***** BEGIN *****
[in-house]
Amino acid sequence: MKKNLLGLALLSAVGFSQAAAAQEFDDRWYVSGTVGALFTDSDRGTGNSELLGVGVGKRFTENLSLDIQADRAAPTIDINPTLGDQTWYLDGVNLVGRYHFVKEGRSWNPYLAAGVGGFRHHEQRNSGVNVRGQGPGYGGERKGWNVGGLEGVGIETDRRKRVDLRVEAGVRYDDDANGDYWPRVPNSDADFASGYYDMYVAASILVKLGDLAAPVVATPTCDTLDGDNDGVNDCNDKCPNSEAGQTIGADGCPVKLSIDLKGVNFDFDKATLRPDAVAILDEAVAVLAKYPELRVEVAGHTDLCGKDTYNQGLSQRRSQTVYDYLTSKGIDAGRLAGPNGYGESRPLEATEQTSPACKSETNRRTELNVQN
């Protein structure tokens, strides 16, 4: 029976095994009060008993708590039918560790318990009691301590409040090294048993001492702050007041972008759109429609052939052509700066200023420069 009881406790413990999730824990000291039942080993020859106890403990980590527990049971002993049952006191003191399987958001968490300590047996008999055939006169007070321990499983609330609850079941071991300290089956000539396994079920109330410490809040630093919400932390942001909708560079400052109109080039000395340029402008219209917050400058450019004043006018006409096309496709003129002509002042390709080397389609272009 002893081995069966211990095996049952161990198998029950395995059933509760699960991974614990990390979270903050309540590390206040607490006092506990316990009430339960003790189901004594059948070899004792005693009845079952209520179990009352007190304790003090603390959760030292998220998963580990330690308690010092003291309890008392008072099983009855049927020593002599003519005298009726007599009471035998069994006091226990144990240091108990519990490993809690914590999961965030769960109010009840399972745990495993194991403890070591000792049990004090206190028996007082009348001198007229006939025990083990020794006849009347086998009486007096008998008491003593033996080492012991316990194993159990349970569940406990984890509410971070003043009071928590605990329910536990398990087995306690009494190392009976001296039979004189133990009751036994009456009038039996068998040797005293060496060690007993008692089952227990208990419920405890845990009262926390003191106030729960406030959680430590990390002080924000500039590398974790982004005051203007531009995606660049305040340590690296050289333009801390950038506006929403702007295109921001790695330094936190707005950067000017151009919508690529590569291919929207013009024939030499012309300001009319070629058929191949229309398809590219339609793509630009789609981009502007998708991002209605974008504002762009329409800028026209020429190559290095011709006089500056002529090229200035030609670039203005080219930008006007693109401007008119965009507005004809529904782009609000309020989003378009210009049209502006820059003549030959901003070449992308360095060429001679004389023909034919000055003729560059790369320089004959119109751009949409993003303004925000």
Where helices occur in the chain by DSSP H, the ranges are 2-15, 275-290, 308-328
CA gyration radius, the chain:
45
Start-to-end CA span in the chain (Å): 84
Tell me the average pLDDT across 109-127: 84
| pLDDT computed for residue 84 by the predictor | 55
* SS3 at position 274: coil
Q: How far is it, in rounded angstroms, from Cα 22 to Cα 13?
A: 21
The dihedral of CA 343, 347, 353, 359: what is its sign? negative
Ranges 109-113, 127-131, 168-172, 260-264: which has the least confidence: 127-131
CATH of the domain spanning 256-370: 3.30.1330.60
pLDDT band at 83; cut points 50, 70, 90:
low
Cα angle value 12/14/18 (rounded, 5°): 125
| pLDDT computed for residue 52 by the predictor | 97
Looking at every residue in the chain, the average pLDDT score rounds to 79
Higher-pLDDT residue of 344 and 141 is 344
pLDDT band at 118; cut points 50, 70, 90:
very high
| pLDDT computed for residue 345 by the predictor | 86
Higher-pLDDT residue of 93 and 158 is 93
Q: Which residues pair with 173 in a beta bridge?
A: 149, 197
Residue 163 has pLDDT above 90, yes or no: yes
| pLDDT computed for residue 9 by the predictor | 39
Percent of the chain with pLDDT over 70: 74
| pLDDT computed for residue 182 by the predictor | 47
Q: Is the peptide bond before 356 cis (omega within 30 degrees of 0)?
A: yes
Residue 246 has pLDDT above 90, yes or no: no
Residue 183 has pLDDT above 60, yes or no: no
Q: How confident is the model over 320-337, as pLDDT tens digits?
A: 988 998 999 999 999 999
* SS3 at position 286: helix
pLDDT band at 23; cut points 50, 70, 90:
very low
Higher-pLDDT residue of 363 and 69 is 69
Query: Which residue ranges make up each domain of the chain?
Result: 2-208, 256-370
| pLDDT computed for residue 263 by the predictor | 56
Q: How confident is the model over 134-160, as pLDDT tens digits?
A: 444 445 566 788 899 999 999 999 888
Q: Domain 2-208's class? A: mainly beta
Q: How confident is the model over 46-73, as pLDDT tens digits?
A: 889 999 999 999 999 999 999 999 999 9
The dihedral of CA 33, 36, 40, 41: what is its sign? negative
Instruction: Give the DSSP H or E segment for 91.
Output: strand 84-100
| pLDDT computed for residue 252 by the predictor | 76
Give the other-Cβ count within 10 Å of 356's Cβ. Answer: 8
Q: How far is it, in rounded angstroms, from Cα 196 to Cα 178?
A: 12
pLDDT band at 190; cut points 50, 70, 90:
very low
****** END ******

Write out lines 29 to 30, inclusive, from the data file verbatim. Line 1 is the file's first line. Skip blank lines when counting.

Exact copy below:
| pLDDT computed for residue 9 by the predictor | 39
Percent of the chain with pLDDT over 70: 74